If you follow the news, it’s hard not to feel that the right to abortion rests on increasingly shaky ground.
In 2019, state legislatures in Alabama, Georgia, Kentucky, Louisiana, Mississippi, Missouri, and Ohio all passed abortion bills that blatantly contradict the principle that the Supreme Court has upheld for decades: States cannot pass restrictions that create an undue burden on a person’s constitutional right to access abortion care.
These states have passed unconstitutional abortion bans on purpose in the hopes that lawsuits will make their way up to the most conservative Supreme Court we’ve had in decades, providing an opportunity to potentially overturn Roe v. Wade.
But while it might be easy to focus exclusively on these attempts to completely ban abortions, we cannot lose sight of the fact that states have been making it increasingly more difficult for women to access abortion care for years. And obstacles placed in the way of obtaining abortions can effectively become a ban for most women — whether it’s burdensome steps one must take or long travel distances required to reach the nearest provider.
Opponents of the right to abortion have been attempting this type of death-by-a-thousand-cuts approach for years, gradually stigmatizing abortion providers and people who seek abortions, eroding their ability to access it bit by bit. These are just a few of the restrictions on abortion that are currently in force in Texas:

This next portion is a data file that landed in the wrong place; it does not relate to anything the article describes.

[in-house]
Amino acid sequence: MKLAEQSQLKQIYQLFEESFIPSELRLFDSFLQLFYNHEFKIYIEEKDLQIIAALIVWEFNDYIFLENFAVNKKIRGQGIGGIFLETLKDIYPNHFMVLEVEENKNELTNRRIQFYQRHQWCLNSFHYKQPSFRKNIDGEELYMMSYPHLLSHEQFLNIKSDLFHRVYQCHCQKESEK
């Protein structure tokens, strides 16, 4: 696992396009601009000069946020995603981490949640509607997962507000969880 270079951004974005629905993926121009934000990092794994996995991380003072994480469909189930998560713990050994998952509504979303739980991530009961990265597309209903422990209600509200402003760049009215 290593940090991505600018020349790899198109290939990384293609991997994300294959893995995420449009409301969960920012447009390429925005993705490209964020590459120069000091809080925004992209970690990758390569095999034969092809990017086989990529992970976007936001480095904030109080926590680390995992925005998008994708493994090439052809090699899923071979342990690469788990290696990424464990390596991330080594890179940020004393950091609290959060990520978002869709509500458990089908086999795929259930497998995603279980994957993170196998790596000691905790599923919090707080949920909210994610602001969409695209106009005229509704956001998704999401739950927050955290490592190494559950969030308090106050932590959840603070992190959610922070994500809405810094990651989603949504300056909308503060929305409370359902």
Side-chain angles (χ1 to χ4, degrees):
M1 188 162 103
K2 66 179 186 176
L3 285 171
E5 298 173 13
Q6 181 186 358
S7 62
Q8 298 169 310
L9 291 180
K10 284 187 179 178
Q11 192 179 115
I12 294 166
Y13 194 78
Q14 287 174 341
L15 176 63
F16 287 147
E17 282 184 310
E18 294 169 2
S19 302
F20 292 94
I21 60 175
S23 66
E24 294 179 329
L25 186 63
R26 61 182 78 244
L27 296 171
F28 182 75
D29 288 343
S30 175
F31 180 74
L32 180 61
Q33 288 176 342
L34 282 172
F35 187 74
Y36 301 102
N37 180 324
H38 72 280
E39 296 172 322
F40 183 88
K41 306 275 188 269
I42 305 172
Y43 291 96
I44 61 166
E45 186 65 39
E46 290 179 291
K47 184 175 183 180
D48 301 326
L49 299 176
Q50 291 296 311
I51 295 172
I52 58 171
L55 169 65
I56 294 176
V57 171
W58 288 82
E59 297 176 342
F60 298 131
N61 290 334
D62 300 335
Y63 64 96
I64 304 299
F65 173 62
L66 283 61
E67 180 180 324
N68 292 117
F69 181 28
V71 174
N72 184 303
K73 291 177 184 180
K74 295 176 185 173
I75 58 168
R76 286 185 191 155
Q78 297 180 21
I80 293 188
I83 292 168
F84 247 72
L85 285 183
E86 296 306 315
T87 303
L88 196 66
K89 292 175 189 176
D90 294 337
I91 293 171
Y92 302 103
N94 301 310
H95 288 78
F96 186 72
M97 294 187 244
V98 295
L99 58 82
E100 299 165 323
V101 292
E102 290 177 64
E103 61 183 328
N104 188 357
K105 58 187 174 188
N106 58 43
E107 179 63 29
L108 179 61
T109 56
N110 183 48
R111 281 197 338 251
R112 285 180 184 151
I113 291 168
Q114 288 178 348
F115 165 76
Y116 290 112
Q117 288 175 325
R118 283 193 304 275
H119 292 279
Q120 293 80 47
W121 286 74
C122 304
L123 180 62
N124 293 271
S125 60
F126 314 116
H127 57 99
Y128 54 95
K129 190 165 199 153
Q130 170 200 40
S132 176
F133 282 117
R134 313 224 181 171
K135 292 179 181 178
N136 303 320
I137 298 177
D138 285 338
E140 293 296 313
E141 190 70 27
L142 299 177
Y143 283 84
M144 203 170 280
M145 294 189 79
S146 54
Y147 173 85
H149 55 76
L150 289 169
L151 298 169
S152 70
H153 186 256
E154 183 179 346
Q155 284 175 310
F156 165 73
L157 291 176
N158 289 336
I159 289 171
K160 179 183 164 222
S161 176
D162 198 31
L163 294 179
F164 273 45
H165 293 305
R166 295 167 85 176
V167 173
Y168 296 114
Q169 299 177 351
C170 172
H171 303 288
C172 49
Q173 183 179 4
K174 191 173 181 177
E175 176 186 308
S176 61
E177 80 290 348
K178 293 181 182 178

- Texas bans abortions after 20 weeks, even though medical professionals generally agree that fetuses are not viable until around 24 weeks.
- State law mandates that people must wait 24 hours after a required counseling session before they can obtain abortions. This causes disproportionate burdens on low-income Texans, who might have a harder time obtaining transportation, accommodations, or time off from work.
- Abortion providers are required by law to distribute a pamphlet containing medically inaccurate information. A study out of Rutgers University found that almost half of the statements in Texas’ pamphlet about first trimester abortions were false or misleading.
As of the publishing of this article, abortion remains legal in Texas, a testament to the power of Texan voices — the majority of whom, according to recent polling, support protecting the right to abortion care.
But the above restrictions and others are very much in place. And if Texans don’t continue to push back, anti-abortion policymakers will continue urging more and more restrictions on abortion care until the right functionally disappears. And we know what a world without access to safe abortion will look like; we’ve been there before. People will be unable to make private family planning decisions, will be deprived of bodily autonomy, and will die if they attempt to end pregnancies without access to safe, regulated care.
Abortion is healthcare, and we must protect it. If you’d like to stand up to anti-abortion extremists, join us on June 25 in Dallas and July 10 in Austin for two special events in partnership with The Riveter, where we’ll be discussing the future of the abortion rights battle in Texas.
And if you or someone you know needs access to or information about abortion, please visit needabortion.org.